Upon the untimely death of a Primary Character, the Loyal Follower, by law, is able to claim all of the slain former leader’s possessions which are upon his character, and is able to claim, after paying a 10% tax to the state, that deceased individual’s estate, such as it is. At this point, short of a potential Raise Dead, the Loyal Follower becomes the Primary Character, and must then choose a new Loyal Follower from amongst his own Entourage.

At the beginning of each session, the player decides who from amongst his Entourage is going on this particular adventure. Typically, either the Primary Character or the Loyal Follower must be present during an adventure. Some of the members of the Entourage might stay behind to tend to matters at home while their brethren assume the dangerous duties of adventuring. Later in the campaign, the players might decide to attempt an adventure which is surely beneath their Primary Character’s or even Loyal Follower’s level of expertise. In such a case, the player can opt to play an adventure using the Henchmen members of their Entourage. Temporary Primary Characters will have to be established during those adventures.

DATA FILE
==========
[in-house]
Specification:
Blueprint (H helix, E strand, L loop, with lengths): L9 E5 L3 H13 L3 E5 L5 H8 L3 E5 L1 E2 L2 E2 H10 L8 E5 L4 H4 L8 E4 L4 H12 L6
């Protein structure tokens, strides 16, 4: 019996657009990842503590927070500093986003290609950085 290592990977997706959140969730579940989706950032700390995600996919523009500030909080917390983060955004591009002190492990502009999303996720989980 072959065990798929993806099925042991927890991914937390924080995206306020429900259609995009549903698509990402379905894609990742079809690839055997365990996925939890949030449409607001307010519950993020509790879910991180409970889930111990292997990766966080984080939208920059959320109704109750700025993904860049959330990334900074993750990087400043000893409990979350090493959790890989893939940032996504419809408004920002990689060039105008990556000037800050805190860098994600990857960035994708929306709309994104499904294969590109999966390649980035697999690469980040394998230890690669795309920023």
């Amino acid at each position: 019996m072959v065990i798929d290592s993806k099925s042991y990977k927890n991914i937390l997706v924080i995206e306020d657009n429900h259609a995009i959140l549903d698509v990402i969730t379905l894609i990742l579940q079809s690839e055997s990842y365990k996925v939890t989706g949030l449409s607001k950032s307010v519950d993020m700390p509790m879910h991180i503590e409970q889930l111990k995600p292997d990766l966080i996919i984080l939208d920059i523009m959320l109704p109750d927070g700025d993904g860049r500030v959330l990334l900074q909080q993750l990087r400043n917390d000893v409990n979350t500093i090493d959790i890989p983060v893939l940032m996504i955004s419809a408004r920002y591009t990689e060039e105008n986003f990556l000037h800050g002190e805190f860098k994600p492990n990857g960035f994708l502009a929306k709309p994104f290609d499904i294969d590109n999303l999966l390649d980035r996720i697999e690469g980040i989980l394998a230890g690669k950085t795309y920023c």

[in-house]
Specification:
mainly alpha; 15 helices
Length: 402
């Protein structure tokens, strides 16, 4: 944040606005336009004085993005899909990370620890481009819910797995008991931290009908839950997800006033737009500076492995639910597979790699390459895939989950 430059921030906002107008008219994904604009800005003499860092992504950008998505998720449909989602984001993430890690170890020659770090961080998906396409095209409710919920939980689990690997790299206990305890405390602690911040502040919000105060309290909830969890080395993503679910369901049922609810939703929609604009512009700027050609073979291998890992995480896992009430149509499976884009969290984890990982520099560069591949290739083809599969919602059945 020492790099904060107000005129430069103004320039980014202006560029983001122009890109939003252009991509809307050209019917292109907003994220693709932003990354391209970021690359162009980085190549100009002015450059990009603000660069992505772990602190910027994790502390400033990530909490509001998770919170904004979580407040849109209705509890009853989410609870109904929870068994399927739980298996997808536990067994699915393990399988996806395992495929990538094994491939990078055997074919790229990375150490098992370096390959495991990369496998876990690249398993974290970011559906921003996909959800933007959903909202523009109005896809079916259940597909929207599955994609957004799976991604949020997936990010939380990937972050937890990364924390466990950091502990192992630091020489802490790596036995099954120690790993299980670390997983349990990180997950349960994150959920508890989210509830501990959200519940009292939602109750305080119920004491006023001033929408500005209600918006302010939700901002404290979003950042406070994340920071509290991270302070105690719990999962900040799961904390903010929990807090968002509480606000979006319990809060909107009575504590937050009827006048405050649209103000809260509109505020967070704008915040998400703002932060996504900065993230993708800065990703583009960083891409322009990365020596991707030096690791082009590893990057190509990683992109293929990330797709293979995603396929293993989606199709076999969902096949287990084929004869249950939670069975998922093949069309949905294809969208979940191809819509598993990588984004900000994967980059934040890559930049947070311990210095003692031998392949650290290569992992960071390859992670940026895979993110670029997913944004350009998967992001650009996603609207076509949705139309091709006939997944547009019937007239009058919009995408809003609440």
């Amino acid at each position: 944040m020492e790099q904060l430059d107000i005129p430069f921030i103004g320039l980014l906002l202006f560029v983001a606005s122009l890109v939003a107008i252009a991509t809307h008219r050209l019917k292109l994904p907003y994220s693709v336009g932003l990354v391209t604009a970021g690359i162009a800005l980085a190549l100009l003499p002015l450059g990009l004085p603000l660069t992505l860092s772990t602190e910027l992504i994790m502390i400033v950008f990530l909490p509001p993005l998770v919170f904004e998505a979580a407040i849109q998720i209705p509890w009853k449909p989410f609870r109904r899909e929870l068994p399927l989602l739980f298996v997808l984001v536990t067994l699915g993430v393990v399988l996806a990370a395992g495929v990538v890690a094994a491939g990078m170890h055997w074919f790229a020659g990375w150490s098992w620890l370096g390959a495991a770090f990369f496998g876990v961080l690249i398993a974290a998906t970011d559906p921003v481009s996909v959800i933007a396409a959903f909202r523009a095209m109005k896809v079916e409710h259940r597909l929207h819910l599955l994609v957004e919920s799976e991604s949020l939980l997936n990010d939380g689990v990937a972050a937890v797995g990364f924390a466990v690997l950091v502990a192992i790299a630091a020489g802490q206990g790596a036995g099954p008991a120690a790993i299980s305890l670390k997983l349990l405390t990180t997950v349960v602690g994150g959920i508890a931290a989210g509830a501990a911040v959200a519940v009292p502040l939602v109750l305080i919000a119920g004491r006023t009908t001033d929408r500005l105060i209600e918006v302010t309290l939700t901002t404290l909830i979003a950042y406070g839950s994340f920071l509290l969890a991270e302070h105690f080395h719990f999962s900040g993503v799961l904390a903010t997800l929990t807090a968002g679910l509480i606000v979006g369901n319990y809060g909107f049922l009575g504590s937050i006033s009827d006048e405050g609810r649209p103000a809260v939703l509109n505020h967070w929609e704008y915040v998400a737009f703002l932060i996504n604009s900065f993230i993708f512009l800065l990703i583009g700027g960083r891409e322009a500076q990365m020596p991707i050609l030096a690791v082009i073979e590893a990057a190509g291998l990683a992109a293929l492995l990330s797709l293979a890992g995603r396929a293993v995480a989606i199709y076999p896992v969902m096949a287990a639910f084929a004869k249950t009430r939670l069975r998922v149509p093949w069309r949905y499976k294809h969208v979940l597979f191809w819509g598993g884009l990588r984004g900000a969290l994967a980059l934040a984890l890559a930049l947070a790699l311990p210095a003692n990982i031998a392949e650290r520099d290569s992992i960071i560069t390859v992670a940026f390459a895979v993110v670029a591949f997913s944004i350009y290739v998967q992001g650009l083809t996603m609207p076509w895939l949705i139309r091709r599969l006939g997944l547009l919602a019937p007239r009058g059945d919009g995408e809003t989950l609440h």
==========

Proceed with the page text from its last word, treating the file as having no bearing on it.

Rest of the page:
Experience is affected by the number of characters, obviously, so it is not always the best idea to tackle an adventure with three dozen members. Primary Characters receive one full share of divided experience, Loyal Followers and Henchmen receive but one-half a full PC share of experience and treasure.

A Primary Character may take on his first Loayl Follower at any point, and gains the capacity for an additional Loyal Follower at experience levels three, six, and nine, for a possible total of up to four Loyal Followers. Again, these members of the Entourage do not count toward the Primary Character's maximum allowable number of retainers. The player must designate a pecking order amongst his Loyal Followers, in order that inheritance is clearly defined.

If a Loyal Follower or any other member of an Entourage attains an experience level higher than the Primary Character’s, he or she will leave the Entourage (and possibly establish his own and continue adventuring, at the player’s option).

The alignment of a henchman / retainer should be compatible with that of the Primary PC s/he serves. Difference in alignment will certainly affect the loyalty / morale of henchmen, if alignment is radically different.